The Revolutionary Workers’ Party (RWP) emerged from the long-standing Communist Party of the Philippines (CPP) in September 1994 during a period of upheaval within that organisation known as the Second Great Rectification Movement. The key point of contention was the CPP leadership’s determination to continue the armed struggle it had launched in 1968. Following the split, the RWP soon began negotiations with the Government of the Philippines, but divisions within the movement over the talks led to another fracture and the emergence of the Revolutionary Workers’ Party – Mindanao (RWP-M) as an independent organisation in 2001. With 14 of the Philippines’ 20 poorest provinces in Mindanao and sizeable marginalised population of landless agricultural labourers, the RWP-M still enjoyed significant support and had decades of experience conducting insurgencies against security forces. As a result, despite its relative isolation, it remained a potent force in Mindanao and was more than capable of perpetuating armed conflict.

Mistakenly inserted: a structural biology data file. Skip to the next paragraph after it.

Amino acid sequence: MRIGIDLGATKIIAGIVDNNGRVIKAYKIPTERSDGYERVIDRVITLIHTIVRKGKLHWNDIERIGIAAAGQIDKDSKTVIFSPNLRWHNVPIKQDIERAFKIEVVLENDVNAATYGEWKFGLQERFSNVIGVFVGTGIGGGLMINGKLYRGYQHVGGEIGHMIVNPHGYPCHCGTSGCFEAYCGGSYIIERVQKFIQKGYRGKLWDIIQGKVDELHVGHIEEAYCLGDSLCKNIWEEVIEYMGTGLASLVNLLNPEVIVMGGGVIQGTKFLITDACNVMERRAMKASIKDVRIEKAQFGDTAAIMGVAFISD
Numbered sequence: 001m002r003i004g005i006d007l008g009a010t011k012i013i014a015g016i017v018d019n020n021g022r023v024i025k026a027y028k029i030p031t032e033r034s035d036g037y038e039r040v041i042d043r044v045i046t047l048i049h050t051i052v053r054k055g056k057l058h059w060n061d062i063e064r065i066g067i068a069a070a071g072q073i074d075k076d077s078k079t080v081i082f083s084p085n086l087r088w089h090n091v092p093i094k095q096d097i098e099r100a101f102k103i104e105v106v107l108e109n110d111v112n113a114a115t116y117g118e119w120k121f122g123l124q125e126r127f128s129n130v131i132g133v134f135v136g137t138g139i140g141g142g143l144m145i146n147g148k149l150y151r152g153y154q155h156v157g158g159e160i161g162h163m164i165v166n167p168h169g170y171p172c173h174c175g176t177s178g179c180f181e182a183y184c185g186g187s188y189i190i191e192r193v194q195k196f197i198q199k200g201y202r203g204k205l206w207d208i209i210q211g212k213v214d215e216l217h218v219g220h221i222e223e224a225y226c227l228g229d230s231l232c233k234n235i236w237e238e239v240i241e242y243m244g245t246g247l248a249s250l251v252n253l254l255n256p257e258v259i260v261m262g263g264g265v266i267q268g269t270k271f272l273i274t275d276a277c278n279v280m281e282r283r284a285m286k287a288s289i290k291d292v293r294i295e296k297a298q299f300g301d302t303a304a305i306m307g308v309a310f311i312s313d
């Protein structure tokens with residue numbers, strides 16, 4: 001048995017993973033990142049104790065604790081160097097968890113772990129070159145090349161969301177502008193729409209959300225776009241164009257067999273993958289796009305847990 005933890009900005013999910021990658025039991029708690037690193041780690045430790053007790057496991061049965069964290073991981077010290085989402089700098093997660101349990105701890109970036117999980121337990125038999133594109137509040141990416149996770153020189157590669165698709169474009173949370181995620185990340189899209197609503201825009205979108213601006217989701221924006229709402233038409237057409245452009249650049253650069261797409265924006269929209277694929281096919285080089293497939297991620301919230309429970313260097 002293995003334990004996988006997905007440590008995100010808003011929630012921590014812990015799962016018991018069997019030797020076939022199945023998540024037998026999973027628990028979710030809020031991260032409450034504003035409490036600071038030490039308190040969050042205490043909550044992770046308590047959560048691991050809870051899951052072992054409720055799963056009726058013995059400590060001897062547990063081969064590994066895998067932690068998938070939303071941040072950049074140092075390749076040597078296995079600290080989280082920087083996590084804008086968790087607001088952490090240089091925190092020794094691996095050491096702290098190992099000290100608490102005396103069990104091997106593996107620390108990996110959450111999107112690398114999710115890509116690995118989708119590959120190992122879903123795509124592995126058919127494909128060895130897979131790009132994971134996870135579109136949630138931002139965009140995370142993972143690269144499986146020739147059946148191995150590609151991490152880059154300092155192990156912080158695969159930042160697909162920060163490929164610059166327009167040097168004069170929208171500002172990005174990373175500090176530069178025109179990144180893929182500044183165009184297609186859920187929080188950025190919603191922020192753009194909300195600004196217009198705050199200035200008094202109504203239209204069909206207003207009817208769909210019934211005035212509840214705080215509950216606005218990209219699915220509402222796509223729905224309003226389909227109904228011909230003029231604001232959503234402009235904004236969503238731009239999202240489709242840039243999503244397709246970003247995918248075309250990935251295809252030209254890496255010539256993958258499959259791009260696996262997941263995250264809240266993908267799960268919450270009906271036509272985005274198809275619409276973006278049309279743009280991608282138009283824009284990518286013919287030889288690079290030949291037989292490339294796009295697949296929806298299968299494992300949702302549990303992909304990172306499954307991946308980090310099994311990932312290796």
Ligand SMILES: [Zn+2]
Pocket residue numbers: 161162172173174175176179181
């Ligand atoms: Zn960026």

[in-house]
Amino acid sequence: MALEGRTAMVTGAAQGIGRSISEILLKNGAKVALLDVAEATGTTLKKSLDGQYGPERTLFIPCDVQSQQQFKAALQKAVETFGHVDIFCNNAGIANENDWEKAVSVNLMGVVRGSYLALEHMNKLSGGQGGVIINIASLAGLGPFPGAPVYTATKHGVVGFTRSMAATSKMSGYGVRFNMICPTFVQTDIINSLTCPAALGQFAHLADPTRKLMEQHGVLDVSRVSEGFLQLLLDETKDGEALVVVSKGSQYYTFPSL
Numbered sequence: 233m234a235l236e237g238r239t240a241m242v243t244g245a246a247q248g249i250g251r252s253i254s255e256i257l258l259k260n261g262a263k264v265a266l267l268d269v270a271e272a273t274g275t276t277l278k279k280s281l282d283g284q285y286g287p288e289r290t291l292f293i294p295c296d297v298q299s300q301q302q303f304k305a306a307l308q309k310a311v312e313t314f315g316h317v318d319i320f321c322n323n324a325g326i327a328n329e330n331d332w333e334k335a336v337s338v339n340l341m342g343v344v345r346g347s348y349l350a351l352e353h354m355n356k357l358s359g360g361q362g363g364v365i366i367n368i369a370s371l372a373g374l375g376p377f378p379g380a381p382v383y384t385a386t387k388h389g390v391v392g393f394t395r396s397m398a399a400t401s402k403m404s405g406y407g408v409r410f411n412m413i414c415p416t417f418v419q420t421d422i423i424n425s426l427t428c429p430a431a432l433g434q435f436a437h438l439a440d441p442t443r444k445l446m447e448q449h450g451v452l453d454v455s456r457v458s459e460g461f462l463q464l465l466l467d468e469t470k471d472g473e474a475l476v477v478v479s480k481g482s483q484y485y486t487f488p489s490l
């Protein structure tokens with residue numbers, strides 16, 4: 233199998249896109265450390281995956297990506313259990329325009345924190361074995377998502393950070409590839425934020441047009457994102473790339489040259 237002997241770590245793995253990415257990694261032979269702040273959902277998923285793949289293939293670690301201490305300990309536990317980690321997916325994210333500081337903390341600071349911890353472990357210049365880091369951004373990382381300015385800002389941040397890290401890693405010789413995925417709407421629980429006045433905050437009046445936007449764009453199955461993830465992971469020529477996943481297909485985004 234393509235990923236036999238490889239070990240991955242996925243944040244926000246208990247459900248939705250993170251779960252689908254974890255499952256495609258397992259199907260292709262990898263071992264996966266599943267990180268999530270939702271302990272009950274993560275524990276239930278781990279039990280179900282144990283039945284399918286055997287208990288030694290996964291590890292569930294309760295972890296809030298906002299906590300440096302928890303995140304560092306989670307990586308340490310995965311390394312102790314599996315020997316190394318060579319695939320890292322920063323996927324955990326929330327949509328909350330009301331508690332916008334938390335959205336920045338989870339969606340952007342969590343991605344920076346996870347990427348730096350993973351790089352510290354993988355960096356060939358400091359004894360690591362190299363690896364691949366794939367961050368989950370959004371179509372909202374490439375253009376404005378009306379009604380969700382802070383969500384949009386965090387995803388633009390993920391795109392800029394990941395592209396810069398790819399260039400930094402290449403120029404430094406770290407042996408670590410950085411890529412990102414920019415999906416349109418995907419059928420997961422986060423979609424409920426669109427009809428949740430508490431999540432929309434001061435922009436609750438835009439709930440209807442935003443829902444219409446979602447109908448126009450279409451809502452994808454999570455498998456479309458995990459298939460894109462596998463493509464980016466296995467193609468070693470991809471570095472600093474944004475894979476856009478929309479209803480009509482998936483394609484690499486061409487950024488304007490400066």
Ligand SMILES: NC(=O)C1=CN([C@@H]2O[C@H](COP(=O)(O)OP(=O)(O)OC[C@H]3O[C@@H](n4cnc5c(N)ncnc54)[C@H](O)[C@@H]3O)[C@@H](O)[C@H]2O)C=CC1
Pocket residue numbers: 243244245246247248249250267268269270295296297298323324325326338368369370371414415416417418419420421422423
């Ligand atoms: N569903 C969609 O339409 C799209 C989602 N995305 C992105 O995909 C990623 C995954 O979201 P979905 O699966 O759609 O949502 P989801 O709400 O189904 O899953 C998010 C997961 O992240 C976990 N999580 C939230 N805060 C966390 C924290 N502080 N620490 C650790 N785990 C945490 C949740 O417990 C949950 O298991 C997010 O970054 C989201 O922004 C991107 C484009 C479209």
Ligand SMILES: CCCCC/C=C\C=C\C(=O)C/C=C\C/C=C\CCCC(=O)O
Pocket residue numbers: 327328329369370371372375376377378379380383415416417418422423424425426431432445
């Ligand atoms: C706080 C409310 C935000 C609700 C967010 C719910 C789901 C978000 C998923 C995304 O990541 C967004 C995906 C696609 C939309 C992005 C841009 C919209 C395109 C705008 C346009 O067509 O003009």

In 2002, RWP-M leaders reached out to the mayor of Iligan City in Mindanao to explore the possibility of initiating a peace process with the Government of Philippines. Informal talks between the RWP-M and the mayor took place with help from a local NGO working to reduce armed conflict in Mindanao, Balay Mindanaw (BM). In 2003, the Philippine government established a panel to conduct negotiations and talks mediated by BM began on 22 September 2003. A second round of talks resulted in the signing of the Agreement on Cessation of Hostilities on 28 October 2005, formally ending the fighting. The following year, additional agreements were signed on implementation and continuing the peace process. Dialogue between the parties continues at the time of writing, and although a final peace agreement is yet to be negotiated, investment in Mindanao and the work of local communities and organisations such as BM in support of the peace process has prevented further conflict between the RWP-M and the Government of Philippines.<sub>1</sub>